Domestic flights were reliable, although for peace of mind avoid the in-flight magazine “horror-scope”-mine threatened attack by pick-pocket, accident to right leg, verbal confrontation, dangers and rivalries, advising: ‘to bring good fortune clean the front of the house’.
None of which transpired, although I booked a window cleaner as soon as I returned home.
Nyein Moe, 41, our hugely knowledgeable and enthusiastic tour director, metaphorically held our hands throughout our odyssey, ensuring we caught internal flights, arranging groaningly early wake-up calls and sharing his country’s history, culture and architecture rich in fabulous frescoes and stucco works.
As part of our journeys programme, we enjoyed off the beaten path itineraries featuring hard to reach and lesser-visited destinations not in the guide books.
He took us to Tha Kya Di Thar nunnery in Mandalay where solemn, shaven-headed girls in pink robes with tansashes included us in their rituals and chanting.
We dispensed rice and coffee – offering food is good karma – before taking lunch with them and handing out gifts of stationary to assist their studies. At Aung Myay Thukha monastic school, Yangon, he introduced us to a gaggle of giggling girls and boys who we entertained with attempts at their tongue-twisting language. “Mingalabar” being the most useful as hello with a smile.
Nyein Moe survived our cooking at the Inle Heritage training centre, tutored by hospitality students who will be catering for Myanmar’s anticipated tourist boom, where we prepared fish soup and chicken curry after picking fresh ingredients in the kitchen gardens.
He showed off the mastery of silversmiths and lacquer ware artists – however tempted you might be to buy a model stupa be warned: they don’t travel well.
With scores of Saturday trippers we traipsed across what is reputedly the longest teak bridge in the world, all 1.2 km of it, across shimmering Taung Tha Man Lake where fishermen and women, up to their armpits in the waters, cast their nets.
The pillars of Maung Bein bridge – named after its constructor – once supported the royal palace of Inwa and were used to connect the capital of Myanmar to villages on the other side of the lake.
He brought us to the home of a school teacher for a jolly evening of home-made cooking, family fun and music where everything from politics and child care were up for robust discussion.
The up-coming election topped the agenda, with fervent hope for change but a realism born of broken promises. Our hostess, Mrs. San Myo Ei, told how her family were forced out of their home by the military government 25 years ago.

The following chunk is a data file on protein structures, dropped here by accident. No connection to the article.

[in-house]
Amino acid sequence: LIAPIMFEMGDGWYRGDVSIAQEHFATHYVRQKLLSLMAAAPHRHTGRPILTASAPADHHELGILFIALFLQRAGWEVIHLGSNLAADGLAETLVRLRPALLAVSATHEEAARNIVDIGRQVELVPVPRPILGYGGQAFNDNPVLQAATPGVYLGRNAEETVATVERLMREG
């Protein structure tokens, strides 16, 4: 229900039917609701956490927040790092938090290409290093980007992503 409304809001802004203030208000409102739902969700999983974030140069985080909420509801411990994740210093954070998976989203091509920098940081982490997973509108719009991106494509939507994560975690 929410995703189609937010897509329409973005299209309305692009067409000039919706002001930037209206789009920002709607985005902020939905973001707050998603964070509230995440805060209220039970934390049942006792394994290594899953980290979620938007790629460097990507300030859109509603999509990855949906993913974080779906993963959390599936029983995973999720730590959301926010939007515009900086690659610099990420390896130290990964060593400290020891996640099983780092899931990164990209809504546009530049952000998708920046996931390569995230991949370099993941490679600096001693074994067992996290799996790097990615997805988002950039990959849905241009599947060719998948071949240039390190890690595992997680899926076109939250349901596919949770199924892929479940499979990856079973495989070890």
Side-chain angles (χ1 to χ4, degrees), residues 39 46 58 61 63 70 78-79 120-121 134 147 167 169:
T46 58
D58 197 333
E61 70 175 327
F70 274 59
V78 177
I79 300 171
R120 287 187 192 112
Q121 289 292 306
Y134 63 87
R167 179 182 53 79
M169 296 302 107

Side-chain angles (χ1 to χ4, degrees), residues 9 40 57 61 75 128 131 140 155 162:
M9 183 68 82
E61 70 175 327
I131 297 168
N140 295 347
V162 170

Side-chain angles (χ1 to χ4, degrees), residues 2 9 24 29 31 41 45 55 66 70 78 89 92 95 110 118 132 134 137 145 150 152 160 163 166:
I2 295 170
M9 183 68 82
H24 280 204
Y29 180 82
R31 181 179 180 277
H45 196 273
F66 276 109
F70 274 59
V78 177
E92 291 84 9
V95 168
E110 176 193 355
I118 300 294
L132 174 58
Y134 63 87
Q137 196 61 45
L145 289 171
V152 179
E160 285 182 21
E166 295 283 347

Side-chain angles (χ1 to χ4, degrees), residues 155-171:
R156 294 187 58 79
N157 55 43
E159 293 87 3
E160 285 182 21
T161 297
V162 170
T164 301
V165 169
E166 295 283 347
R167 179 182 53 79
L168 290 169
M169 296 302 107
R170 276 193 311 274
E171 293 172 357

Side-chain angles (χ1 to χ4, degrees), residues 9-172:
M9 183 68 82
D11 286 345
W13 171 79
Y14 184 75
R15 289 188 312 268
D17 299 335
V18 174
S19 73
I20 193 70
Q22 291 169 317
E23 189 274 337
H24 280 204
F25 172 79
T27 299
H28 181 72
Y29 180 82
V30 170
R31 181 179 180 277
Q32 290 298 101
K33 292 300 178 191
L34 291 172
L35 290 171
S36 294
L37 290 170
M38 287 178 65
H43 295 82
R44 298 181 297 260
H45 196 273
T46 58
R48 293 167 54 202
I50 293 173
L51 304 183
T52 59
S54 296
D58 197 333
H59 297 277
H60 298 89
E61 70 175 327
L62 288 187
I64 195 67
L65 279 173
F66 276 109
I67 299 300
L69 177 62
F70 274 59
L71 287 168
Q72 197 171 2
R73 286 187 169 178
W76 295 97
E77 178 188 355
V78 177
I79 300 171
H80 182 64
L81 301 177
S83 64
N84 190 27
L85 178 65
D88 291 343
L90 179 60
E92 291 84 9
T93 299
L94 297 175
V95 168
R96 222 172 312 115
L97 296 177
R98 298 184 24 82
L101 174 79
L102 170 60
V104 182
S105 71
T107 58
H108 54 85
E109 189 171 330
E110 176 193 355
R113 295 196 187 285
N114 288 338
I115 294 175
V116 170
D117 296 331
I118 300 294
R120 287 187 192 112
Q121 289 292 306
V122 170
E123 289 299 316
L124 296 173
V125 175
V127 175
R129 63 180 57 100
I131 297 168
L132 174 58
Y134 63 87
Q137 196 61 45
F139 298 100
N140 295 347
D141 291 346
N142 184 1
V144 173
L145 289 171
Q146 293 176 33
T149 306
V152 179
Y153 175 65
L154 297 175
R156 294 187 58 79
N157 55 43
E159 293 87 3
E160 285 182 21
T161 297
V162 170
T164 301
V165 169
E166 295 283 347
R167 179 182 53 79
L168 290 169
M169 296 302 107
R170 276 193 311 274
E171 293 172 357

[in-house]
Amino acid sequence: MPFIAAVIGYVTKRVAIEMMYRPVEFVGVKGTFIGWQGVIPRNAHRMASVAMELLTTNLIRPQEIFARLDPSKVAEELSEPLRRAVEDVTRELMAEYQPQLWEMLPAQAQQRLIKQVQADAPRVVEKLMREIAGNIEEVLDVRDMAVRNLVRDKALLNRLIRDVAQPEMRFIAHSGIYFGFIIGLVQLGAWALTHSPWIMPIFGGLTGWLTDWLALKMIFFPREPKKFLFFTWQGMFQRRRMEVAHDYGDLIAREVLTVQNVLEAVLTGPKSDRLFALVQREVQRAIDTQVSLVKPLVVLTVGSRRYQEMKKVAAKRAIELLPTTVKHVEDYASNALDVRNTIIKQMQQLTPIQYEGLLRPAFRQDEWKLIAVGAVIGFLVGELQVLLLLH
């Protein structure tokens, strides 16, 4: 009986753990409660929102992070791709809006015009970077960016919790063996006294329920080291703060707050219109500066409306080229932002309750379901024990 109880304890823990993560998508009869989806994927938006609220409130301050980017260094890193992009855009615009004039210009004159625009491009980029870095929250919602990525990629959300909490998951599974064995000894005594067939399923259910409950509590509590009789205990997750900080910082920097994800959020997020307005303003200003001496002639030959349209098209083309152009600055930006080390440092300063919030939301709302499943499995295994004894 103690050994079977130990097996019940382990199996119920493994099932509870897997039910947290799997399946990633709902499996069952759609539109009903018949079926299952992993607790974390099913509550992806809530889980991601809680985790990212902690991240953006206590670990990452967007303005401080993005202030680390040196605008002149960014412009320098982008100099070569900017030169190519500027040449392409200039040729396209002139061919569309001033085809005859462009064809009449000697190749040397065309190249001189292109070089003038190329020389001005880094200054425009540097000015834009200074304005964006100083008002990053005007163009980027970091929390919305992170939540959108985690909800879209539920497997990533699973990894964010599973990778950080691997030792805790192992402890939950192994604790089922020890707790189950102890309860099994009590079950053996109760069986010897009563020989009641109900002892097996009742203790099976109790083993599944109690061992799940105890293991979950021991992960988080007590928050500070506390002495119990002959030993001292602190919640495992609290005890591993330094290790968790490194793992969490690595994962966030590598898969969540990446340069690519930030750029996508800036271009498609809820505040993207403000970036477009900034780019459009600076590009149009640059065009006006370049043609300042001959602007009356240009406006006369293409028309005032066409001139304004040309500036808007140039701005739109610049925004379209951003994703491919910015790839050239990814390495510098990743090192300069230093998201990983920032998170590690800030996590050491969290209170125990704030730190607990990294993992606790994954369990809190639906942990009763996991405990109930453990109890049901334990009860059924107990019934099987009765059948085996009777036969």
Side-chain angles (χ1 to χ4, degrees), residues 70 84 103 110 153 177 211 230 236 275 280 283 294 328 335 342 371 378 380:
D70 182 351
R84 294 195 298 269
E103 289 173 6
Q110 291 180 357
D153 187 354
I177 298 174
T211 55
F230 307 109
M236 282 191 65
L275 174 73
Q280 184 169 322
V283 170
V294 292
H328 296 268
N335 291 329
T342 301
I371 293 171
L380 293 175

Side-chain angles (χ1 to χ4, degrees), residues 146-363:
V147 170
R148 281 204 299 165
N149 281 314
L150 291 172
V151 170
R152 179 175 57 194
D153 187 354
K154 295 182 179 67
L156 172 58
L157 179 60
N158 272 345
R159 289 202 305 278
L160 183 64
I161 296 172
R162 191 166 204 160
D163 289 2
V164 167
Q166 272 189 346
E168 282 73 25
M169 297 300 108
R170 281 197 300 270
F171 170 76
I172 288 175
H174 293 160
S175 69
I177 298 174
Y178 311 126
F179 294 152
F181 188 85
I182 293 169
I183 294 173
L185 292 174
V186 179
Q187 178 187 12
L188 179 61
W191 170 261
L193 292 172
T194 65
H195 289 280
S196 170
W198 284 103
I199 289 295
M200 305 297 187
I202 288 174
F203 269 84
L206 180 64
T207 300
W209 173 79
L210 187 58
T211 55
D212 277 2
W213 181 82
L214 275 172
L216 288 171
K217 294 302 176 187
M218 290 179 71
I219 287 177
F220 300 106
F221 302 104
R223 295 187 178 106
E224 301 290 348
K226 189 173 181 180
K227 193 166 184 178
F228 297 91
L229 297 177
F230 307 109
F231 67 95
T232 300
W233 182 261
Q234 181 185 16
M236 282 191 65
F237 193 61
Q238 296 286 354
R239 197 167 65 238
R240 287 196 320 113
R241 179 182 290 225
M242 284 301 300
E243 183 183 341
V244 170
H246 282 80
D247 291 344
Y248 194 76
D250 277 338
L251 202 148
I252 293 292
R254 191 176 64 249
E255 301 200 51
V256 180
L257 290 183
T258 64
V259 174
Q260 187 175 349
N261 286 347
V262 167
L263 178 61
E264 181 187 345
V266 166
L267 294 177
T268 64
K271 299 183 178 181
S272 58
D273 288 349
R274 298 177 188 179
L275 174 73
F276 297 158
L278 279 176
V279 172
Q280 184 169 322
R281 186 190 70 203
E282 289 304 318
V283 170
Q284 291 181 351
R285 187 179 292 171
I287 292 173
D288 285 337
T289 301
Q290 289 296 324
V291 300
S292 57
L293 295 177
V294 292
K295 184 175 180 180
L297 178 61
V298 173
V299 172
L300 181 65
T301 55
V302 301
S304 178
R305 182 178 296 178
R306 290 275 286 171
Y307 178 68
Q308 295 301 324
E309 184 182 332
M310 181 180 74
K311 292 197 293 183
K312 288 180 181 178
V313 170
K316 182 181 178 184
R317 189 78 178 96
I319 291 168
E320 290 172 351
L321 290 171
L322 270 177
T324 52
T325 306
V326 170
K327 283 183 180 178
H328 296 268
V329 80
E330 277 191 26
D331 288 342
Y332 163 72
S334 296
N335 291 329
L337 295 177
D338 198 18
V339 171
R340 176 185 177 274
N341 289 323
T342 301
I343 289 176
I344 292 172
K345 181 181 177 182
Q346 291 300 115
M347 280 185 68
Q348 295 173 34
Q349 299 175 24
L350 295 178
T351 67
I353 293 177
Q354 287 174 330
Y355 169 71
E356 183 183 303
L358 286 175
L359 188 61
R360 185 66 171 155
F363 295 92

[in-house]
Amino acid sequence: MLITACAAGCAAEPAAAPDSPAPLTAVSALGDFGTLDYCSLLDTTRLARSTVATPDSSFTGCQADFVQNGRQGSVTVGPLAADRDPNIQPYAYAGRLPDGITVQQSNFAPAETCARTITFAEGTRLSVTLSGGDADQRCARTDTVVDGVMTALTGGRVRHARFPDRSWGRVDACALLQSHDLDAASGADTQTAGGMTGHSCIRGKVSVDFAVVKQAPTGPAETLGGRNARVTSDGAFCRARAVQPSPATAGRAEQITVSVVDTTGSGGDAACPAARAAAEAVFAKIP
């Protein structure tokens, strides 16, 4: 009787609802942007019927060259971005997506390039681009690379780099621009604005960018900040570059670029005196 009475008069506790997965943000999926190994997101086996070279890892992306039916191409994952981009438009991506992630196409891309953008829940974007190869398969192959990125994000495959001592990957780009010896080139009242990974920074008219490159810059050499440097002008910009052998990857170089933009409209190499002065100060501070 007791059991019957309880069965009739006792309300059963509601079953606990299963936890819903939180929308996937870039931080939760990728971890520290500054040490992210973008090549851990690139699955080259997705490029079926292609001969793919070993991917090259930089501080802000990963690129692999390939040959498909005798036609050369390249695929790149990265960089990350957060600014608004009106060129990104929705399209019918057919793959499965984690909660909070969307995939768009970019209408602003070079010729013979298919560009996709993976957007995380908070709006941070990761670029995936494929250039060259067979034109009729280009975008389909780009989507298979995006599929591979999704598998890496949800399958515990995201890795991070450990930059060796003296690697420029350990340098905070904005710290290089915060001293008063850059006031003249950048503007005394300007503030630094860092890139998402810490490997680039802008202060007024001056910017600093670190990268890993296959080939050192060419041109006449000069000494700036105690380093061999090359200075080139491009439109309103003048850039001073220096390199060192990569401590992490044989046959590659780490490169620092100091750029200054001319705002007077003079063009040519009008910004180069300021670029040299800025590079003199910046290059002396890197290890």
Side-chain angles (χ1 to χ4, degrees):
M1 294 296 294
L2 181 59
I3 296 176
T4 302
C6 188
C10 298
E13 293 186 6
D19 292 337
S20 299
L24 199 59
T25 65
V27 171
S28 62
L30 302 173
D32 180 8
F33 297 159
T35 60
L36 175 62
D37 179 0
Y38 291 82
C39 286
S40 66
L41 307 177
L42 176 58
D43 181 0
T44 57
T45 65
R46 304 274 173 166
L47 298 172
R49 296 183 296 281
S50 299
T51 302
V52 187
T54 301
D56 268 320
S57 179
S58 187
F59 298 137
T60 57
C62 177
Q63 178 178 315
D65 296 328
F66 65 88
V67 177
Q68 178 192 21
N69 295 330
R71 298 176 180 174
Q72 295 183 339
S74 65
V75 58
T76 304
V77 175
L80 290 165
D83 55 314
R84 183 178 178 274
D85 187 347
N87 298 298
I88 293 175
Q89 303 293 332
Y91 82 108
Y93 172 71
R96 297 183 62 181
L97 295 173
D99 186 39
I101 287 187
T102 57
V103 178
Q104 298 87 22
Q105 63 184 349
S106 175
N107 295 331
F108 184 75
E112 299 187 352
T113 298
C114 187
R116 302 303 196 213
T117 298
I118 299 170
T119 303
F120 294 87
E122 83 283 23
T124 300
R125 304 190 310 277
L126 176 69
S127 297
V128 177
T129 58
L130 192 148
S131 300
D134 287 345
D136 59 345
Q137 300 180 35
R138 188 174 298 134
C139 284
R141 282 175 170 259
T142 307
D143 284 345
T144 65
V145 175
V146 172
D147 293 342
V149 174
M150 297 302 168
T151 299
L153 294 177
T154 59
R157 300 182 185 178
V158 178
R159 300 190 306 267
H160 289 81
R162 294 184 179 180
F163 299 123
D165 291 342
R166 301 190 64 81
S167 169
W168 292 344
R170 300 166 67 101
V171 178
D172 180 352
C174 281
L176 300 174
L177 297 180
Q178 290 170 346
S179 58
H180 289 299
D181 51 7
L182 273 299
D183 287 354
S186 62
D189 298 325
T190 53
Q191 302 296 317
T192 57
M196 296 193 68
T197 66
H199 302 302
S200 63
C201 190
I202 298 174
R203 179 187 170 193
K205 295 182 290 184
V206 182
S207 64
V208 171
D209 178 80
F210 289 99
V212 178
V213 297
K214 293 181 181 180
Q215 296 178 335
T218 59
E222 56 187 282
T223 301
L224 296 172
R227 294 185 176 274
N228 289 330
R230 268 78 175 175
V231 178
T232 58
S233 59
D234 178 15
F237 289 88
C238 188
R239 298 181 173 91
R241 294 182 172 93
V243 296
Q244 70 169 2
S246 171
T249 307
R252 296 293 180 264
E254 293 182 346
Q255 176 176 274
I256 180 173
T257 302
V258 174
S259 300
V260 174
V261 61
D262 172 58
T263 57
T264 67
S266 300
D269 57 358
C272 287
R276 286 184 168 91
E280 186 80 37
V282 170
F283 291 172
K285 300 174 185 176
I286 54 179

“About 100,000 people were moved because they wanted the area for architectural excavations” she said. “We came here to a place where there was no lights, no heat, no water – only fields. My father died here of a snake bite. He was only 28. We blamed his death on the move dictated by the military government.
“As for the elections, they will try to stop her (Aung San Suu Kyi) winning. They will be cunning and lying. There will be violence and protests”. San Myo Ei, a Christian, and Buddhist Nyein Moe, are united in their hope for peaceful democracy.  “We have been through bad times, but somehow we are happy. We live in the moment,” he said, to explain his people’s sunny disposition.
Our all too few moments in Myanmar were ending. Memories of a land peppered with pagodas and palaces, gracefully dancing fishermen, beguiling Buddhist nuns, a moving ceremony lighting oil lamps at the most sacred Shwedagon Pagoda as the sun set the color of the monks’ maroon robes – magical Myanmar and her gentle people offer so much to the jaded visitor in search of fresh experiences.
Ref; Gill Martin for Mail Online
Early style of Stupa in Myanmar
Golden Rock
Ballooning Over Bagan
The fruit shape pagoda in Bagan
Inside a temple of Bagan
Home of Sprits (or) Nats, Mount. Popa
Ancient Wooden Monastery
Lives in Bagan
Fine Wood-carving
Giant Unfinished Pagoda - Mingun
18th century Brick Monastery
Mandalay palace
World Third Largest Ringing Bell
Ruin Ava or Inwa
Famous Wooden Bridge - U Bein Bridge
Walking on U Bein Bridge
Artificial Floating Islands in Inle Lake
A local fisherman in Inle Lake
Wooden Monastery at the middle of the lake
Mural Painting in Ruin Indein Pagoda Forest
Native Tribe, Pa O people and Indein pagoda forest
A leg rower
A village on the lake
The Unique Beauty of Traditional Fisherman
Night View of Great Shwe Dagon Pagoda
A Catholic Church in Yangon
Colonial Heritage Buildings from Yangon
The 76 carat diamond at the top of the Shwe Dagon Pagoda
Minister Office Building
Bird eye view of nowadays Yangon
The picturesque scenery of Shan State
General Aung San, National Hero and his home
The friendly smile
Burma Pan Cake
Long Neck People
Paddy gain
Oxcart is still using widely in rural area
Myanma Farmers
A Nun and a snake at the snake temple
Snake Temple
Chin tribe woman
A village market